There’s bad news for Samsung – it seems the company’s board chairman Lee Sang-hoon has resigned after reports came out of Samsung executives violating labor laws and disrupting activity by labor unions within the company.
Sang-hoon’s widely reported 18-month prison sentence for such activities, imposed by a South Korean court, shows how much more seriously that country takes union meddling than the United States, where such sentences are relatively unheard of.
Sang-hoon, who rose from CFO to board chair in 2018, is now out, but his marring of Samsung’s reputation might last a while, especially in a day and age when reports of anti-labor practices are harming big tech companies.
For example, earlier this week, we reported on the repositioning of Google’s HR chief Eileen Naughton, and similar suggestions that some labor policies at that company have not been kosher either.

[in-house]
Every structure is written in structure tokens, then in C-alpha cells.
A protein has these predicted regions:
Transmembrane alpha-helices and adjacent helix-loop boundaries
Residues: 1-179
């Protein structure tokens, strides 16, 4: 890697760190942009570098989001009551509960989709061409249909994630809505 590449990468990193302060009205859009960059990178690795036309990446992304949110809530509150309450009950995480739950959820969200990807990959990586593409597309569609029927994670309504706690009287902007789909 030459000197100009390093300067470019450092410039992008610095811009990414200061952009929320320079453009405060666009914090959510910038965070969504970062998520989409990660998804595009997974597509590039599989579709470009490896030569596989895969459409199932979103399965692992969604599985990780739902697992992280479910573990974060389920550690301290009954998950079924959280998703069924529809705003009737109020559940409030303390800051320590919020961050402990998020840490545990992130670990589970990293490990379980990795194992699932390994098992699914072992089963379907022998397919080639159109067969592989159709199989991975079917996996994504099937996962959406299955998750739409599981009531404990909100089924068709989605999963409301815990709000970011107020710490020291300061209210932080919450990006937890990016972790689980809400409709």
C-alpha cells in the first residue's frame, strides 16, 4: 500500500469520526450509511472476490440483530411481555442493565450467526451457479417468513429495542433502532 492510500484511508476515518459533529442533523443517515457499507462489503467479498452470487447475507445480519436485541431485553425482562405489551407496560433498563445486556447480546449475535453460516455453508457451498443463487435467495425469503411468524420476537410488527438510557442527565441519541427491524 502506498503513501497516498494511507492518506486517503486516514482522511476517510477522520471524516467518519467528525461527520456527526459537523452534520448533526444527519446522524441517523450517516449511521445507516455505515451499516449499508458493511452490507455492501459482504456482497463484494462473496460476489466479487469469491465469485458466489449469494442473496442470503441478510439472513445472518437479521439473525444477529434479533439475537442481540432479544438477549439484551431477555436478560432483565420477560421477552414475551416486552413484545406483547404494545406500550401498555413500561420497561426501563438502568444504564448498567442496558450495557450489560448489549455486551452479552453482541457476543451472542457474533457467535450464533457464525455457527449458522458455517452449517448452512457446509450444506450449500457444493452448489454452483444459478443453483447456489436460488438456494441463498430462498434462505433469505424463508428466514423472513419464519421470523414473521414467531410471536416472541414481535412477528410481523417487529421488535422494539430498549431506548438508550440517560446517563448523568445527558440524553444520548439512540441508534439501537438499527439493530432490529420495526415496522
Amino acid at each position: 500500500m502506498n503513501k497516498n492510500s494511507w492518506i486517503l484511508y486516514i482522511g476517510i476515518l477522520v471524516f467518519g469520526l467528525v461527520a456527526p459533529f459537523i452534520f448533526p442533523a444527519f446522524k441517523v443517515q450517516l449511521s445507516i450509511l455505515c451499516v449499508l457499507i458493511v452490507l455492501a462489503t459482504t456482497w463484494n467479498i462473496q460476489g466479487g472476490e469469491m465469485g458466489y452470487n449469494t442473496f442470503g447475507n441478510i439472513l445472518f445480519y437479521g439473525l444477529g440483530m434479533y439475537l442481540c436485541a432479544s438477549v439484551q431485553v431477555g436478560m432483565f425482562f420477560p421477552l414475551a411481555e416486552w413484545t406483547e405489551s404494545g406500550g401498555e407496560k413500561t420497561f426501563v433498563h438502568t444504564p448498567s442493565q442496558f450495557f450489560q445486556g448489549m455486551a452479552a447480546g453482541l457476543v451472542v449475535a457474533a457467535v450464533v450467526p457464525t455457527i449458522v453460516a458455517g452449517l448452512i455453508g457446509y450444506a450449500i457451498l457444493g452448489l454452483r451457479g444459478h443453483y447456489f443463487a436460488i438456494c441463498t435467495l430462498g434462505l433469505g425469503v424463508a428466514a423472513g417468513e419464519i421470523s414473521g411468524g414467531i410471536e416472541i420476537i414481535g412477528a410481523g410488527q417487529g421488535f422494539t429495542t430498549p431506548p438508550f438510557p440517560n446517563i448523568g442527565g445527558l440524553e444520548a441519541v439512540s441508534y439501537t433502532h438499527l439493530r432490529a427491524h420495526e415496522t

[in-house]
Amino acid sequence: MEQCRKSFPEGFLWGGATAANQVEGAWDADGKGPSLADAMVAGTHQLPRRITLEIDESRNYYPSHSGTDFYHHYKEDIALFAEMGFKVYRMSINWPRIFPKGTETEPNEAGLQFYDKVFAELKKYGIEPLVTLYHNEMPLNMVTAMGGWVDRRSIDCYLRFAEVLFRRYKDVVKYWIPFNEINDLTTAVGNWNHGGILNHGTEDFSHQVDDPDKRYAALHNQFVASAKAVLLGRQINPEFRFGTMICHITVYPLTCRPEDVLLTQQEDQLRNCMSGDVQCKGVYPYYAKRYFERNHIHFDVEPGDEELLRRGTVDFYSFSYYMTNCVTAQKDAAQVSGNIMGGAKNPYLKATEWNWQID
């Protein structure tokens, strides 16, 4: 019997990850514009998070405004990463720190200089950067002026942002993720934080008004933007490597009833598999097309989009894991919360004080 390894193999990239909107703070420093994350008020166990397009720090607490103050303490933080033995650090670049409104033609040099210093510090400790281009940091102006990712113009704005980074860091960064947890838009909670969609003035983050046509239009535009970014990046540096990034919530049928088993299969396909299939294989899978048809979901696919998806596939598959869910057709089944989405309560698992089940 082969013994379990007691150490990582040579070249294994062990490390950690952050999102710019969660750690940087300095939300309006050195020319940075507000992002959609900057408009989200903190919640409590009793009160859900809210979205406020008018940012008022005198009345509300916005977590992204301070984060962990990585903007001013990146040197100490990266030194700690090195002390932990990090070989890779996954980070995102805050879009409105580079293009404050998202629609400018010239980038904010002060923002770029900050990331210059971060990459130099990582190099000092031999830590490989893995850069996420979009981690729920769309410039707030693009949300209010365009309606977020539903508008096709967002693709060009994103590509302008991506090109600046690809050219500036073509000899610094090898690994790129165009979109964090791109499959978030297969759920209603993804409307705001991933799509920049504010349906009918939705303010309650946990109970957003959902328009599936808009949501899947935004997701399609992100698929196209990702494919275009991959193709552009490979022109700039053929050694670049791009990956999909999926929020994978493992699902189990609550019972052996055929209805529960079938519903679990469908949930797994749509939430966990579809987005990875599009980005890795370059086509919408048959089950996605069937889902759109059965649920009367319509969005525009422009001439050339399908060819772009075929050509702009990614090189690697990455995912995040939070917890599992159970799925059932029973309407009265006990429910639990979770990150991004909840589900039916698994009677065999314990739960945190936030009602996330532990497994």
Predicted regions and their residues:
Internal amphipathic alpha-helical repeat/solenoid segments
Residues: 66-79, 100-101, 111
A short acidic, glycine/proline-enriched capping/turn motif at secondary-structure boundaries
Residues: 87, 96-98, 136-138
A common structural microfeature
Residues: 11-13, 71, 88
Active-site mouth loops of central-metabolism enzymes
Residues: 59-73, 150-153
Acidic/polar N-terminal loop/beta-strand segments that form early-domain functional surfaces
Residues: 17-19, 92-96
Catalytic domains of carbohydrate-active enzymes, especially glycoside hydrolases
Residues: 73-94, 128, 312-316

“Google is profitable, largely due to its dominance in search advertising,” wrote Jason Aten at Inc. days ago in analyzing Google’s problems. “When all of the numbers are trending up, it can be easy to overlook how to adapt and change your culture as you scale. Remember, profits don’t drive culture– people do.”
As for Samsung’swoes, the company is circling the wagons.
“Samsung has not yet commented on the ruling,” wrote a BBC reporter at the time of Sang-hoon’s sentencing.” Seoul Central District Court said plans to stop union activities had been masterminded by executives in the firm’s now-defunct elite strategy group.”
Regardless of “whodunit,” this upheaval is a black eye for the top smartphone maker in a world where bad press matters. Look for the fallout in the telecom sector.